California AG leads call for federal data privacy ‘floor, not ceiling’

The potential creation of federal data privacy law ‘ceiling’ sparked concern among state attorneys general.
Rob Bonta
California Attorney General Rob Bonta speaks in San Francisco in November 2021. (Justin Sullivan / Getty Images)

A coalition of 10 state attorneys general, led by Rob Bonta of California, has called on Congress to adopt national data privacy legislation that “sets a federal floor, not a ceiling.”

In a letter dated July 19, Bonta and colleagues from Connecticut, Illinois, Maine, Massachusetts, Nevada, New Jersey, New Mexico, New York and Washington, urged congressional leaders to “respect the important work already undertaken by states to provide strong privacy protections for our residents.”

While the attorneys general agreed in their letter that national consumer protections should be strengthened, they attempted to dissuade members of Congress from supporting federal legislation that would inhibit states’ ability to enforce additional data privacy and security protections.  


Congress has a history of setting floors rather than ceilings for personal data protections, and this approach has worked well in the past, the letter argued. The Health Insurance Portability and Accountability Act of 1996, or HIPAA, for example, established national protections for sensitive medical information, but allowed states to enforce their own standards, provided that they were not in contradiction with the federal law.

“Any federal privacy framework must leave room for states to legislate responsively to changes in technology and data collection practices,” the attorneys general wrote in their letter. States are “better equipped to quickly adjust to the challenges presented by technological innovation that may elude federal oversight,” they wrote. States are also better positioned than the federal government to “align enforcement efforts with those areas most affecting our respective residents,” they said.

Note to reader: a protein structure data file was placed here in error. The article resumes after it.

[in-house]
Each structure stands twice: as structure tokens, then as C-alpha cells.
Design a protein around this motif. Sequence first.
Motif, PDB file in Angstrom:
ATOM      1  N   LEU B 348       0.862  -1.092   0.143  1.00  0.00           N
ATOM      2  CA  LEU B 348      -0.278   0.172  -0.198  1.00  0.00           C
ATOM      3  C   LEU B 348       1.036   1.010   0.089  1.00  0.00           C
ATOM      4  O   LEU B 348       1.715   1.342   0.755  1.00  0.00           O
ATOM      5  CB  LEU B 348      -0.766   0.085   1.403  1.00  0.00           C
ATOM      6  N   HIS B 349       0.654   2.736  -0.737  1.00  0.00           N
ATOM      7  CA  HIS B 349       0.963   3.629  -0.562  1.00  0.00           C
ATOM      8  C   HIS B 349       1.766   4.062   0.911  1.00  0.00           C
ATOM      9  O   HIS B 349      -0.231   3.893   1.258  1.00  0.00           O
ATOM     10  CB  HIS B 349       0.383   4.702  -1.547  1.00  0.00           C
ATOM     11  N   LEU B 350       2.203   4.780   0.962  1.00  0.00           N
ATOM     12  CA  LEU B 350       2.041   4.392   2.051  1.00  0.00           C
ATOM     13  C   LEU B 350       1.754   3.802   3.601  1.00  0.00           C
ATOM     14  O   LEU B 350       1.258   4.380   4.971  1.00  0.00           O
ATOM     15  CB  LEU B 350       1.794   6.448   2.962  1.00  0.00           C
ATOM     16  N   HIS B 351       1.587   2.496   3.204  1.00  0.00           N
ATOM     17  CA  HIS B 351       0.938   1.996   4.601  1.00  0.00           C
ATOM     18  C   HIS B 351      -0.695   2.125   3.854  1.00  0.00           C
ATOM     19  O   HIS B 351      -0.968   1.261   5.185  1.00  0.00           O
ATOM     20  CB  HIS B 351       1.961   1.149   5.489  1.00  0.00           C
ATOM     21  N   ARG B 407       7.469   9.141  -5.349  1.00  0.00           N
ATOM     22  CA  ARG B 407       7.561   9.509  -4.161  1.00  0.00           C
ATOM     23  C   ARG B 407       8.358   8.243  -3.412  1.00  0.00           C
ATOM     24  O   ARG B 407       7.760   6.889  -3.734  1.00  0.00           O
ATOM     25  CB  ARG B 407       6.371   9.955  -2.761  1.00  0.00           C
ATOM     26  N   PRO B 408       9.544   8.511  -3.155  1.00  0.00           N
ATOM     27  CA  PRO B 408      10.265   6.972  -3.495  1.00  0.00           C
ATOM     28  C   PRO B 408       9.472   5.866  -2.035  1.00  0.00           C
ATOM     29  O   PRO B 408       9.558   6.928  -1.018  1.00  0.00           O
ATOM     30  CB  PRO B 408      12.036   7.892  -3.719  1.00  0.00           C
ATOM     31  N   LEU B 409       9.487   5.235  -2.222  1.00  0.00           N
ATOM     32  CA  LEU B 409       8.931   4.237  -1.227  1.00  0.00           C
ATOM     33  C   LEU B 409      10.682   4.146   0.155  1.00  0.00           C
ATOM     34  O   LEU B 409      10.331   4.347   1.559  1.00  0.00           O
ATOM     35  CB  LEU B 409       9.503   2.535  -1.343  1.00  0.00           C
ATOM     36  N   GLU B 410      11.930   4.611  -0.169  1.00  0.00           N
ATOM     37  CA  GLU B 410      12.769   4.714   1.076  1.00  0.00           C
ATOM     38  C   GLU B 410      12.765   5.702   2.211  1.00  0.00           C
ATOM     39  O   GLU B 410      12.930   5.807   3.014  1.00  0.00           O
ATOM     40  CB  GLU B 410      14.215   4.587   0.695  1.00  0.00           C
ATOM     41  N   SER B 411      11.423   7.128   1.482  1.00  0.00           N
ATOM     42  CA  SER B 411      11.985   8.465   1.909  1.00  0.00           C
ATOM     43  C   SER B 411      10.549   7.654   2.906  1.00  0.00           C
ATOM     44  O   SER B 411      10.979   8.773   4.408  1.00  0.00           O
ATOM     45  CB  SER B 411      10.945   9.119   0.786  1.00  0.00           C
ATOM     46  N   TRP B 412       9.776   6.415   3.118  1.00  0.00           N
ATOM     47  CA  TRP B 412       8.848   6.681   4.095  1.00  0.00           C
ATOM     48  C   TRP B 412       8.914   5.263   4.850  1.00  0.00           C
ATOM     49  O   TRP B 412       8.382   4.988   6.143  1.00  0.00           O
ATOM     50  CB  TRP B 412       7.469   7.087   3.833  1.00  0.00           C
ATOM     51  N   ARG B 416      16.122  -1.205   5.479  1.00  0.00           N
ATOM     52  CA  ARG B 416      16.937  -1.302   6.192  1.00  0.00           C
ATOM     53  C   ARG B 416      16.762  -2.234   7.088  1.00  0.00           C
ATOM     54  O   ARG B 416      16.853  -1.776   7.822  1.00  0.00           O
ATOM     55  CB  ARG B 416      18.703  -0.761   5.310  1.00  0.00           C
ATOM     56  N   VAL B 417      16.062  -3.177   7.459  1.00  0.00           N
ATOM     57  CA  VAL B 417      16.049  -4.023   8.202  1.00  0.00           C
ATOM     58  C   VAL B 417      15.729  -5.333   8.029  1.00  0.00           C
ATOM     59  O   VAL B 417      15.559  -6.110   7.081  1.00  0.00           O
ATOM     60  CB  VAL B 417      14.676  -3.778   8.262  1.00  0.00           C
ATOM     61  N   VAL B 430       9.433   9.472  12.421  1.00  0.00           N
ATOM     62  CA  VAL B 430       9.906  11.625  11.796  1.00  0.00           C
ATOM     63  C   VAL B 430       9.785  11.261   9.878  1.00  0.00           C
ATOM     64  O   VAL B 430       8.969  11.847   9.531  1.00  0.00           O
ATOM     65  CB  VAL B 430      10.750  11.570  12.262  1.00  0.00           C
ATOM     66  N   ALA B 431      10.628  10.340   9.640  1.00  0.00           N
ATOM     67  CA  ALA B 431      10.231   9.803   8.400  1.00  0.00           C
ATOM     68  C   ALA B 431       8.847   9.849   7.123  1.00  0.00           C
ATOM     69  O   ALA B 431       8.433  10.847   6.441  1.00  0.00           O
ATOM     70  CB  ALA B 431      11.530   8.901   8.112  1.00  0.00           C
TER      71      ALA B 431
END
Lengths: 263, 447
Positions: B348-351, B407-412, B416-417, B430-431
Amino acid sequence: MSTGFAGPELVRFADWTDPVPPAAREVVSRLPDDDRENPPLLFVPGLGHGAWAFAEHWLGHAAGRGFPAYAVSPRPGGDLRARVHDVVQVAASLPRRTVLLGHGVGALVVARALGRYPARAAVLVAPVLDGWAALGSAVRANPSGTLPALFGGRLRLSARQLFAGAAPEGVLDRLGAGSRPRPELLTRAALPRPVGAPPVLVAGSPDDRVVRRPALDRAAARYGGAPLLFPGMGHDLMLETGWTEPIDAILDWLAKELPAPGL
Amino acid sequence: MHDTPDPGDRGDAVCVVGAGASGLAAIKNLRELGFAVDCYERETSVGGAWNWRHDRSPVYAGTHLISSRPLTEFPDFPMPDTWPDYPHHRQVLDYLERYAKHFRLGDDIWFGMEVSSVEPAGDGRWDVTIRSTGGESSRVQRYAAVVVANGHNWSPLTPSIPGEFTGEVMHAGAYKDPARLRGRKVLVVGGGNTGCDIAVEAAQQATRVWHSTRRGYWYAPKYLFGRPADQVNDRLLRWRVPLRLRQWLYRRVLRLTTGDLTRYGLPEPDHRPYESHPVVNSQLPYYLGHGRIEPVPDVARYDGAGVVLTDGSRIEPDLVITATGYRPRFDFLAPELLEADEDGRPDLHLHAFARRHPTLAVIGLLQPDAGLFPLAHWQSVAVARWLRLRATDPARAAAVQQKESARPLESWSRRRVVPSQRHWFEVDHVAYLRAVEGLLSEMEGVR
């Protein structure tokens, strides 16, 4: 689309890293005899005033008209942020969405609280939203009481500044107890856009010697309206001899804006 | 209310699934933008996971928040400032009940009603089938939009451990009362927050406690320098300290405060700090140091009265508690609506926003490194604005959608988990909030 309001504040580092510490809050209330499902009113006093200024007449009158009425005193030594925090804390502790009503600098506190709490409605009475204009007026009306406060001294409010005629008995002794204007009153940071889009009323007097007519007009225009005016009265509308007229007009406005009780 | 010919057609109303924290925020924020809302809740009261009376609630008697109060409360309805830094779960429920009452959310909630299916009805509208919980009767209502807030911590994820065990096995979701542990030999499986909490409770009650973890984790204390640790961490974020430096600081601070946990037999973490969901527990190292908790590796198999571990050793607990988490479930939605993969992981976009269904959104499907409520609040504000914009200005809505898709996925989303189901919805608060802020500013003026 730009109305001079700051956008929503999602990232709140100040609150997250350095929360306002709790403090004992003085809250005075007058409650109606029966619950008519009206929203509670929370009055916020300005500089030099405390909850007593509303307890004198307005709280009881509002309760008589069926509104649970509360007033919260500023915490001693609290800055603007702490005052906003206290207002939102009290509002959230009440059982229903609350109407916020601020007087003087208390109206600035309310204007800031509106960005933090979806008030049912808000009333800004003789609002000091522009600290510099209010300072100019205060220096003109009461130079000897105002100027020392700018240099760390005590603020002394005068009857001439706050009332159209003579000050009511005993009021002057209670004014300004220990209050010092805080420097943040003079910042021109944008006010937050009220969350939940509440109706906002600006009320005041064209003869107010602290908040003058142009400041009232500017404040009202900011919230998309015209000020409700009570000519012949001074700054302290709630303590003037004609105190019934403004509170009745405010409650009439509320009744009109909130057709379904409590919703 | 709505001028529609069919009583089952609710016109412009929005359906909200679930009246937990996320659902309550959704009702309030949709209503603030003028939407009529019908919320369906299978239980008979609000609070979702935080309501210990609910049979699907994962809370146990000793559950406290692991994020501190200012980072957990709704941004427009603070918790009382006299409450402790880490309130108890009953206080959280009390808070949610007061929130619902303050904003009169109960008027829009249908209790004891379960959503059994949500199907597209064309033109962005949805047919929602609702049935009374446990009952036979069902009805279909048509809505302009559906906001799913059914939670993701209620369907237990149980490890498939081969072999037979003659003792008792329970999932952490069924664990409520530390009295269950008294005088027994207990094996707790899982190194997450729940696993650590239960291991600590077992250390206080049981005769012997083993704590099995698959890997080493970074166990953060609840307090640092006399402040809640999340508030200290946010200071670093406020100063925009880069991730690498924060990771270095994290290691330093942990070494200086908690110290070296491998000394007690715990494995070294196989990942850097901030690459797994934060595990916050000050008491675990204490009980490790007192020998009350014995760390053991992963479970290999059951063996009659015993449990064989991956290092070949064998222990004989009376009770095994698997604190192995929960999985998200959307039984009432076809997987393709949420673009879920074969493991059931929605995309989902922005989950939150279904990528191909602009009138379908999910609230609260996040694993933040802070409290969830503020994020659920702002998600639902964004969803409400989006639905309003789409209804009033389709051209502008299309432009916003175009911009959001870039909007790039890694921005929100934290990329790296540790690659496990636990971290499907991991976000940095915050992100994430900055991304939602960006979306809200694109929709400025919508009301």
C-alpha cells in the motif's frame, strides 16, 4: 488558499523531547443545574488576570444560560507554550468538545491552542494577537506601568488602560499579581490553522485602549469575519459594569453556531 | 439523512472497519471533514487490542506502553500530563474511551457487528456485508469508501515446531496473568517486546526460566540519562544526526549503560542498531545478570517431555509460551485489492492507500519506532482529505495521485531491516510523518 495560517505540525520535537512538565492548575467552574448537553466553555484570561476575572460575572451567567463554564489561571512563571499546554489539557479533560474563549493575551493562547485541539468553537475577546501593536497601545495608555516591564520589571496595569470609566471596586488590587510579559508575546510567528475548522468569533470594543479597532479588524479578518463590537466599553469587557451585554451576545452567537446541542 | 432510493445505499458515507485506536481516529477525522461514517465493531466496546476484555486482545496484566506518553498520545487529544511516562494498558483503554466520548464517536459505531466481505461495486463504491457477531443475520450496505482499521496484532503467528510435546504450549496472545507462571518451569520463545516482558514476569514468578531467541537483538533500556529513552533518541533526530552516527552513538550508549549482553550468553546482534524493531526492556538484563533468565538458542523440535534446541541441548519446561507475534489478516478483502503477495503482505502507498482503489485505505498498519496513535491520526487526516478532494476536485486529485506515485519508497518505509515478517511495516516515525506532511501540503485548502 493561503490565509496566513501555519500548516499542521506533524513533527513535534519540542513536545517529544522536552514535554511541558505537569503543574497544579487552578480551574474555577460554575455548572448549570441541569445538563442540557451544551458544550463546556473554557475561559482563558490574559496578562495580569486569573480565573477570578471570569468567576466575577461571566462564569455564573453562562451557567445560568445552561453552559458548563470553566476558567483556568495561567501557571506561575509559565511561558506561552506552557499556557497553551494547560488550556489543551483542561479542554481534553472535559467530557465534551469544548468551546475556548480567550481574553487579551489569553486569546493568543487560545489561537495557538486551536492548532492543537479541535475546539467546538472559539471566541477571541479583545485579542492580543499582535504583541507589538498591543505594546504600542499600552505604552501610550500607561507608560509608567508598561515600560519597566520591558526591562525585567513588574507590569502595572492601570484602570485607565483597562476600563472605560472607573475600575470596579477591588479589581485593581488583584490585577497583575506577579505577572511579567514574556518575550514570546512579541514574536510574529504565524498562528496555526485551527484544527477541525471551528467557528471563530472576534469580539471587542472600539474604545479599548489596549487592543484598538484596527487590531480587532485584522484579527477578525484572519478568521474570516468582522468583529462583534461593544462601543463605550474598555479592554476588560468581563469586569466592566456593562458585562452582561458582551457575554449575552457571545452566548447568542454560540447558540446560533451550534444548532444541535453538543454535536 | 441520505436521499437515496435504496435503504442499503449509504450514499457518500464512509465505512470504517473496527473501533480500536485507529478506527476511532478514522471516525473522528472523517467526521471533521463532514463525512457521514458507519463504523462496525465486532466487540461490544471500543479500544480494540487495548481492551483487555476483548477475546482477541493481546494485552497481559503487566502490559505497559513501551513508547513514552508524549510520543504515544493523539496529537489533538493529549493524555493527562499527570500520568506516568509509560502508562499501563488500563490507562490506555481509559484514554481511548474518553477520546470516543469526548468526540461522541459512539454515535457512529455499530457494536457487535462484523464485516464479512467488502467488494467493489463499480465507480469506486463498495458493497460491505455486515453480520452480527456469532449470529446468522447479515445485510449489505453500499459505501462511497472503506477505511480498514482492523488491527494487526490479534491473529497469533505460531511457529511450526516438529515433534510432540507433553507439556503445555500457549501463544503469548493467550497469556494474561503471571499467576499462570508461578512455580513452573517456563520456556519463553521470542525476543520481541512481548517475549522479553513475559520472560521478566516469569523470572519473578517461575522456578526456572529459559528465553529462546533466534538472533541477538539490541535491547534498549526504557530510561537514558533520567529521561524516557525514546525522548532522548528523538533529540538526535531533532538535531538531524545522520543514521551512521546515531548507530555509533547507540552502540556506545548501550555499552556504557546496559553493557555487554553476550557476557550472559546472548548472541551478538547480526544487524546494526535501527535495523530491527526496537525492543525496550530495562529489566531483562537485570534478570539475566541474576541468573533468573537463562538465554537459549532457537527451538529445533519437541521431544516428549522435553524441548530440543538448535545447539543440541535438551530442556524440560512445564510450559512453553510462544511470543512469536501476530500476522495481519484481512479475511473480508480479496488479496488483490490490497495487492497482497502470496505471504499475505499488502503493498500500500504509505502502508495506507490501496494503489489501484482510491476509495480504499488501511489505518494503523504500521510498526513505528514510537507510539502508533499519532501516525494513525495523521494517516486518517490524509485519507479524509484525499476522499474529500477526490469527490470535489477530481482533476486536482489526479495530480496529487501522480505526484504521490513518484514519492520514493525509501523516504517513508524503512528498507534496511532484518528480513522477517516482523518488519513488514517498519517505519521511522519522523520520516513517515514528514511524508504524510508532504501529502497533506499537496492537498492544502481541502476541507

The attorneys general also expressed concern in their letter over two draft federal privacy bills currently in circulation — the American Data Privacy and Protection Act, or ADPPA, and the Consumer Online Privacy Rights Act, or COPRA. The texts of these bills as drafted “appear to substantially preempt many states’ ability to investigate” violations of the federal law at the state level, they said. 

California passed its landmark Consumer Privacy Act in 2018, and since then several states have pursued similar legislation to give consumers greater control over their personal information and how it is shared, used and stored by businesses.

California, Colorado, Connecticut, Utah and Virginia have so far enacted comprehensive consumer data privacy laws, while Michigan, Ohio, Pennsylvania, Massachusetts and New Jersey currently have data privacy bills in committee, according to the International Association of Privacy Professionals.


While Bonta has championed strong data privacy protections for Californians, he has also been accused of not holding his own office to the same high standards as the private sector. Last month, the California Department of Justice launched a data portal that accidentally included the personal information of thousands of Californians who were granted or denied a permit to carry a concealed weapon between 2011 and 2021.

Bonta said at the time he was “deeply disturbed and angered” by the leak and had launched an investigation into the incident.

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